The myth that the NSS supports, is that student experience is comparable. ‘Diversity’ is often a word used with an intended positive connotation. However, the increasing diversity in UK education is more like a set of developing chasms between students who attend different HEIs. This developing scenario characterised by division is increasingly a mirror of that which exists in the United States of America. In this HE world the divisions are naked and institutional status, price/cost and student experience are clearly delineated. Ivy League (Harvard, Yale, Penn) which charge annual tuition fees of $36,0003,$40,5004 and $42,0985 respectively, operate in a separate sphere to more modest institutions such as Slippery Rock University, and Rowen University which charge tuition fees of $4,2826, and $4,3237 respectively. The experience a student enjoys at Ivy League institutions such as Princeton, Brown and Cornell is simply not comparable to the experience of a student at Slippery Rock or Clarke universities.
It is this lack of comparability of experience which the NSS masks. In last month’s article of University Business (August 2011, Issue 43) we drew attention to the contrasting student staff ratios and expenditure per student.
The spend per student excludes the cost of academic staff and these are already counted in the SSR. The spend is calculated by identifying the amount of money that an institution spends providing a subject. This is divided by the volume of students learning the subject to derive this measure. Added to this figure is the amount of money the institution has spent on academic services such as library and computing facilities over the past two years, divided by the total volume of students enrolled at the university in those years. The maximum spend is indicated by the number ten. The lower numbers indicate what proportion is being spent in comparison to the maximum.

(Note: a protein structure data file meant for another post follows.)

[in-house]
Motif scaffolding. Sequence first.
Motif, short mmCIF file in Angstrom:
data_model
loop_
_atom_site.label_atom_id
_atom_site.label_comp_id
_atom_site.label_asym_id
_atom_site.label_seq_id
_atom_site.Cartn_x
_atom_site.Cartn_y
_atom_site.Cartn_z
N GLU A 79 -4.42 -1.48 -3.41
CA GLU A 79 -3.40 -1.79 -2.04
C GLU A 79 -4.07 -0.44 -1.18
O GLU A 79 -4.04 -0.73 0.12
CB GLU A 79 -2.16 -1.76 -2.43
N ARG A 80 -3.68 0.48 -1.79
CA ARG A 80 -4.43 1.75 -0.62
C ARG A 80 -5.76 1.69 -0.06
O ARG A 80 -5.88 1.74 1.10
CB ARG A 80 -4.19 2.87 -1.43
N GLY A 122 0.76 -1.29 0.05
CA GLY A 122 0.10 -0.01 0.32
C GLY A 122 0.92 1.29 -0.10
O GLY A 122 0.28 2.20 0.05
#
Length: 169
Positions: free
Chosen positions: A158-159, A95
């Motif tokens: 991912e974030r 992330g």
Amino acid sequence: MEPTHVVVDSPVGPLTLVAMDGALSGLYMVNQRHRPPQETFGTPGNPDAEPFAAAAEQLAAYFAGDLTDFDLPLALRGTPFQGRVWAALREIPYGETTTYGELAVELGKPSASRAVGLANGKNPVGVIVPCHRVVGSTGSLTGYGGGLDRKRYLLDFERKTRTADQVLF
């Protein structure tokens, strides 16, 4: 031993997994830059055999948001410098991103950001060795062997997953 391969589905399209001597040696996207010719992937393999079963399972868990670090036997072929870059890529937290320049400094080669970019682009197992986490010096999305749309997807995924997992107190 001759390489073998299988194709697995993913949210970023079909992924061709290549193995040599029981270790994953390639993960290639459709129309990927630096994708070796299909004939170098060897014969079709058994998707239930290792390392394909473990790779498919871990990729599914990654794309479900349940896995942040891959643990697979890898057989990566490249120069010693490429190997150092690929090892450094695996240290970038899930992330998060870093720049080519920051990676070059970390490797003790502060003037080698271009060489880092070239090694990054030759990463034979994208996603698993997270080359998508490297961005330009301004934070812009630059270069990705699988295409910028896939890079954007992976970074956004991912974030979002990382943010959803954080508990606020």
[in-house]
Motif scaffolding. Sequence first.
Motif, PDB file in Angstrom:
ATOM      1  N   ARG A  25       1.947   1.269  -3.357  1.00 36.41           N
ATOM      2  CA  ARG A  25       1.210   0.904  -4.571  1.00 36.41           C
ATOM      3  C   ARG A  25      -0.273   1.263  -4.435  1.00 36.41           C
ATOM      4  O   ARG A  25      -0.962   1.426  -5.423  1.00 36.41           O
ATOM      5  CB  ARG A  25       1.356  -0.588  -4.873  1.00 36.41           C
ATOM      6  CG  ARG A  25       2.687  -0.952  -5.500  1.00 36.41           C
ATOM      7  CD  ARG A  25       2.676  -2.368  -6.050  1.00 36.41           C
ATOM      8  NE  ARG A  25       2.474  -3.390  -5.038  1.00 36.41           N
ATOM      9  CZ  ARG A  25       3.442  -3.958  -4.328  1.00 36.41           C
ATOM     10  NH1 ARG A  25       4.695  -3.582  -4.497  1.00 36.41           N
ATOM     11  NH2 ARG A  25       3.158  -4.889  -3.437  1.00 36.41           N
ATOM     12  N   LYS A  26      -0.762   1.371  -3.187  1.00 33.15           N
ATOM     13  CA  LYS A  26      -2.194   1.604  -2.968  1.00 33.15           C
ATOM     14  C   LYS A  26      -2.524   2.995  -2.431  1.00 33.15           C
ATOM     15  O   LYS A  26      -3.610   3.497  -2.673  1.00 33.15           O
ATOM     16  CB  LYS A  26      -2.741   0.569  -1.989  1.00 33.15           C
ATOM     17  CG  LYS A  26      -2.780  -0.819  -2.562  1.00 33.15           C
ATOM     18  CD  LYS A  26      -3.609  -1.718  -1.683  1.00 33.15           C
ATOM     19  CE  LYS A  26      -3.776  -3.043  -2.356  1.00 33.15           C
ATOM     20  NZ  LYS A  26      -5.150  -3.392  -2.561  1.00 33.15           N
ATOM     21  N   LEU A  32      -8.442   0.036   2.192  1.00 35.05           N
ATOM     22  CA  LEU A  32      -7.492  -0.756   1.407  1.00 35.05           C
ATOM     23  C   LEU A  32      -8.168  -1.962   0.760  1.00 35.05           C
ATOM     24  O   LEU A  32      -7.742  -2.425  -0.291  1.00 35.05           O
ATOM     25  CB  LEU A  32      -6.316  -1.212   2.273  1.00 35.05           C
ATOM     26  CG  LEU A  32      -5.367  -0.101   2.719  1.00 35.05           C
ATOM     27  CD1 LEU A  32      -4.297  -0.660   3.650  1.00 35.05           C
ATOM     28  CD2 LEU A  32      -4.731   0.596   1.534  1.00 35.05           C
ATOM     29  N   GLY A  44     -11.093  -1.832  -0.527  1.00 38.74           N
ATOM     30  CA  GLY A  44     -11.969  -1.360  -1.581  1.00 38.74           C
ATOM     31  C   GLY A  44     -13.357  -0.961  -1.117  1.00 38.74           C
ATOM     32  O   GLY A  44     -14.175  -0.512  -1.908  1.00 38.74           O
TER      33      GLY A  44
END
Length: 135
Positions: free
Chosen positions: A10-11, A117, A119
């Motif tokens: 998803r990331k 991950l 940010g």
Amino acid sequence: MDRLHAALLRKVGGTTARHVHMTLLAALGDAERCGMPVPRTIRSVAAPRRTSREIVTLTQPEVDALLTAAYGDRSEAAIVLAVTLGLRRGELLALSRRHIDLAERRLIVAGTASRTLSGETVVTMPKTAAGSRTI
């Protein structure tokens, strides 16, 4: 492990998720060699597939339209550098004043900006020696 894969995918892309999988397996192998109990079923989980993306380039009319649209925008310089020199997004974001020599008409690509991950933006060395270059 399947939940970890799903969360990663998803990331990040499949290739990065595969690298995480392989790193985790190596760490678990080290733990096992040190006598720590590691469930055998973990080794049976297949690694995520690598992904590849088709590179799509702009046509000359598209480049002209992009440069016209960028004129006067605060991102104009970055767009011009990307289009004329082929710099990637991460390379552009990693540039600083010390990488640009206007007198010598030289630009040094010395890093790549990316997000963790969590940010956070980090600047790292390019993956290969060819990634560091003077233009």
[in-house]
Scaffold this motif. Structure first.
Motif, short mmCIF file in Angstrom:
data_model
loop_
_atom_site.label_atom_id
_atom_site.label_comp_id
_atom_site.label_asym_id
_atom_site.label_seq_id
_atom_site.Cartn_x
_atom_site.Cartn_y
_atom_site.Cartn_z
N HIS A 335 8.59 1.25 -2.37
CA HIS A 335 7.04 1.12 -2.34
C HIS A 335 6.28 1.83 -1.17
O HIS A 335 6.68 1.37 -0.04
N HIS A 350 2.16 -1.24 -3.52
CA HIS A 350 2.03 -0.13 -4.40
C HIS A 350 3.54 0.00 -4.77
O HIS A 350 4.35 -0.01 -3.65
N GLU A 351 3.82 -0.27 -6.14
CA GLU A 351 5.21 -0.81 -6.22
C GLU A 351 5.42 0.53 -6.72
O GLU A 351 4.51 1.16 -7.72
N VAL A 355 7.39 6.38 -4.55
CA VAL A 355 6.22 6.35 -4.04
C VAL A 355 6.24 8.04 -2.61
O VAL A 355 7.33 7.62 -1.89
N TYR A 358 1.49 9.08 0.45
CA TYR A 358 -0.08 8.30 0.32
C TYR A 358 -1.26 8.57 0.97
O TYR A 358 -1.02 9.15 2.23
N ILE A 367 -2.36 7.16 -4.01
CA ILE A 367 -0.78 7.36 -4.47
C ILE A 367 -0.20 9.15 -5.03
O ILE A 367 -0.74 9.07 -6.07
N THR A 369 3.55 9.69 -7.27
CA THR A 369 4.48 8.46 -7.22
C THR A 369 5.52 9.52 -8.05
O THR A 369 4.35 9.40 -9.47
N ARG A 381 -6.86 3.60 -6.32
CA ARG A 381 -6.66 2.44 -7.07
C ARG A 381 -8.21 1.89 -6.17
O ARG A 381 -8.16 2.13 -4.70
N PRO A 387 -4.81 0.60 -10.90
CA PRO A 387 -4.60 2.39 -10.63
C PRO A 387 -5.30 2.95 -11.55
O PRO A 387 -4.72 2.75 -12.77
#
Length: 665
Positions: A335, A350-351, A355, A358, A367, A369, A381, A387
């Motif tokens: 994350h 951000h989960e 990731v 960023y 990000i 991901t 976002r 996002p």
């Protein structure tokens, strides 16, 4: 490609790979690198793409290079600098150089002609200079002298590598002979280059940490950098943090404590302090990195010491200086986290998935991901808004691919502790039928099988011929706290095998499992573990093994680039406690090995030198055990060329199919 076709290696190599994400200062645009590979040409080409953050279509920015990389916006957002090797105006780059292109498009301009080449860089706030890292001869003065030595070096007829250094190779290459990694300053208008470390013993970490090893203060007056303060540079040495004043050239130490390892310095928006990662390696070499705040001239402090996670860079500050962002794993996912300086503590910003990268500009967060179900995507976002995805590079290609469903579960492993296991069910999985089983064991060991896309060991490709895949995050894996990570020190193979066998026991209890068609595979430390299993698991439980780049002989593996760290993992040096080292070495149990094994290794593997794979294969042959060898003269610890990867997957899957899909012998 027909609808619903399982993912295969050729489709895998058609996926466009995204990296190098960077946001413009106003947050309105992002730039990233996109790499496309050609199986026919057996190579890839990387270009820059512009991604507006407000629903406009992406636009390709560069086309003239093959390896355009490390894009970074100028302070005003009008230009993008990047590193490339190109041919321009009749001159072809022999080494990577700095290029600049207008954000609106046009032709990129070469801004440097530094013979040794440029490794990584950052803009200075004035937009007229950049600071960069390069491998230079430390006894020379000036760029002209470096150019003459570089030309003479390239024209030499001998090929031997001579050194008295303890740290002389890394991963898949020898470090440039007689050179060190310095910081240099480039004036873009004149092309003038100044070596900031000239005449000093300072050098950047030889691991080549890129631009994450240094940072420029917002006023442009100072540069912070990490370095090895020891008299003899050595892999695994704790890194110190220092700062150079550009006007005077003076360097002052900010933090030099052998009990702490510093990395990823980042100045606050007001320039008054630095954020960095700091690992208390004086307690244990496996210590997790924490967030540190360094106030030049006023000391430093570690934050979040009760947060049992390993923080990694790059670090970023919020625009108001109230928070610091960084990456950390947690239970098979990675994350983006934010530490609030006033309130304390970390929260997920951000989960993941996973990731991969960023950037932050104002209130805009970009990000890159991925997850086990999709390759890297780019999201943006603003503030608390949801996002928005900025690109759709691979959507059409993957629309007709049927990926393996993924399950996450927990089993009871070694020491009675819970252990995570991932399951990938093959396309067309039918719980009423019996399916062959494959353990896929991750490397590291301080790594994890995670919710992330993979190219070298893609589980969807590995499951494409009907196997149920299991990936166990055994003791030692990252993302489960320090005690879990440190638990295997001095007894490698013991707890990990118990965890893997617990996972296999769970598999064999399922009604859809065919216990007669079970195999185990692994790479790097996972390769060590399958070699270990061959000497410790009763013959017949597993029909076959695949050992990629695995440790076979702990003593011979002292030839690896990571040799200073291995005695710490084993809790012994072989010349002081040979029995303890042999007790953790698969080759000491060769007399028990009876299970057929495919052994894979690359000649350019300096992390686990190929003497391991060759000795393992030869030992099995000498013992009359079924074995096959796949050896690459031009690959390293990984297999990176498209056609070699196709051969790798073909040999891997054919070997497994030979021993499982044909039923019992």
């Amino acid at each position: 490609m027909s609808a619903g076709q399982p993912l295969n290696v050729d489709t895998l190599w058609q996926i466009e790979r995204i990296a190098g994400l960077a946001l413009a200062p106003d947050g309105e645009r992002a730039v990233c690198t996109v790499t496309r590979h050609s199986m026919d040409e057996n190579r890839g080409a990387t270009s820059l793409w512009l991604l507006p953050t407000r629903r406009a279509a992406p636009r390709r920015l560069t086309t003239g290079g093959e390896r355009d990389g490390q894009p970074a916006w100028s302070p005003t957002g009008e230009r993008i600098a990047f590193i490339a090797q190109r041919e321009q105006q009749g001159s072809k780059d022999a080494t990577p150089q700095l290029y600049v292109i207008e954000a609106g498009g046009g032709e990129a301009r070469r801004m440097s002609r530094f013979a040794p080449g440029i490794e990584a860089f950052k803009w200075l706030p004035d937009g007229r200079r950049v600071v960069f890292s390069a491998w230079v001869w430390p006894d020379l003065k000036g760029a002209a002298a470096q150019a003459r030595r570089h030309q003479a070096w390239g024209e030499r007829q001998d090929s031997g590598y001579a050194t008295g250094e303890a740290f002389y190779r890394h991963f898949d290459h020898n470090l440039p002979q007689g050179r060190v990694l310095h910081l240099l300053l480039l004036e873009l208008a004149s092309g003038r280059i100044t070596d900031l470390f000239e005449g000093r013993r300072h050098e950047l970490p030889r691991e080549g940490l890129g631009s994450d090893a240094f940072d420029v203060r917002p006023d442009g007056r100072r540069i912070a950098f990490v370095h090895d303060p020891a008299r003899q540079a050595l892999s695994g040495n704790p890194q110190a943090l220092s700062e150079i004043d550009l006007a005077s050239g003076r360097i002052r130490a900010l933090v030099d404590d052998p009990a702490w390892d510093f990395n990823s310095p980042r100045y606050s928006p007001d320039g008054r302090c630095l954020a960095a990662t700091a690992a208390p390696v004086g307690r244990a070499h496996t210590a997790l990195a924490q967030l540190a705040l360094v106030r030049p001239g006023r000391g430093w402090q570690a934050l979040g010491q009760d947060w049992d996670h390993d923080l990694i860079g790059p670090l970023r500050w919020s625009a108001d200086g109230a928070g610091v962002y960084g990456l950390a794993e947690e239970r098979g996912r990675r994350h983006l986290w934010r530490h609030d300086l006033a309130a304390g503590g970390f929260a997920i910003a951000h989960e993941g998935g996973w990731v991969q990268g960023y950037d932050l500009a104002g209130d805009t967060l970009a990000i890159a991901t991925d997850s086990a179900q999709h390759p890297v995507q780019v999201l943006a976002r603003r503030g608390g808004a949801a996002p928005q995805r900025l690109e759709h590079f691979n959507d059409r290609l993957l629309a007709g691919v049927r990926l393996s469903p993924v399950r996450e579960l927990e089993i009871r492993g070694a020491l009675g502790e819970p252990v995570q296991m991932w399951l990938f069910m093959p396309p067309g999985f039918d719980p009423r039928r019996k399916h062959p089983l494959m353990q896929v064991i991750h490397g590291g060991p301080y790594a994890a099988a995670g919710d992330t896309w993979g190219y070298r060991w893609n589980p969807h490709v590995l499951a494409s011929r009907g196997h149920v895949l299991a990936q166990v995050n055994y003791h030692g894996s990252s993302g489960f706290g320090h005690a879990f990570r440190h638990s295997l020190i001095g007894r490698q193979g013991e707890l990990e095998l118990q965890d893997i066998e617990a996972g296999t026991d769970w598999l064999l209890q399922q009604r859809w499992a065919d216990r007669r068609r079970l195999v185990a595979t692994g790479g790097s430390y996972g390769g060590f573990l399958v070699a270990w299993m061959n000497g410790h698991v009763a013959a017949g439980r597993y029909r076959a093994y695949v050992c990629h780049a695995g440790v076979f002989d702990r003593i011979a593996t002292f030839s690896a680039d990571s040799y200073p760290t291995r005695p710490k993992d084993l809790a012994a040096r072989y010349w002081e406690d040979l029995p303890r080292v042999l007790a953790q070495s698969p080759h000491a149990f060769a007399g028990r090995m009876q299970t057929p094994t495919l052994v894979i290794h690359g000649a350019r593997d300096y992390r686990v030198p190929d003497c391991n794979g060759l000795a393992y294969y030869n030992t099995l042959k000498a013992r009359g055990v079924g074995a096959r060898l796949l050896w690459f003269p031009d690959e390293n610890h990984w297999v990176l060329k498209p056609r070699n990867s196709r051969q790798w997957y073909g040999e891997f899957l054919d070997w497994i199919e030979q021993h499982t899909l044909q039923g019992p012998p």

It is worth noting that the differences in spend are not simply the differentials of fee charging, £7,500 or £9,000, which have featured so prominently in recent media coverage. With reference to the top and bottom ten HEIs sorted by expenditure per student, it can be seen that students attending any of the top ten have at least double the amount of money spent on their experience in comparison to students attending any of the bottom ten.
With some students having an experience which costs more than double that which others have, and these league tables do not include the cost (much lower cost) of providing an undergraduate qualification via further education (FE), the student experience cannot be ‘comparable’. The experience of a student at Cambridge, Bristol or Warwick is not comparable with the experience gained at Edge Hill, Bolton or Staffordshire.
In addition the best resourced institutions admit students with a different entry trajectory as indicated by the entry tariffs. This means that academically accomplished individuals with honed study skills mix and compete with other people who have similar abilities, get more money spent on them and have access to more academics. The opposite occurs at the other end of the league table. A gap at the beginning of the course grows bigger as the course progresses and the gap in experience turns into a chasm.
A primary differential factor (not the only factor) is the resource, or to be more candid, money. It may not be palatable but it would be more honest to acknowledge that in this place at this time there is not a ‘comparability’ of experience between students who are in so many ways inhabiting different worlds.
Karen Stephenson, Partner at legal firm Veale Wasbrough Vizards and Jim Snaith, Head of Department of Business Studies, London South Bank University.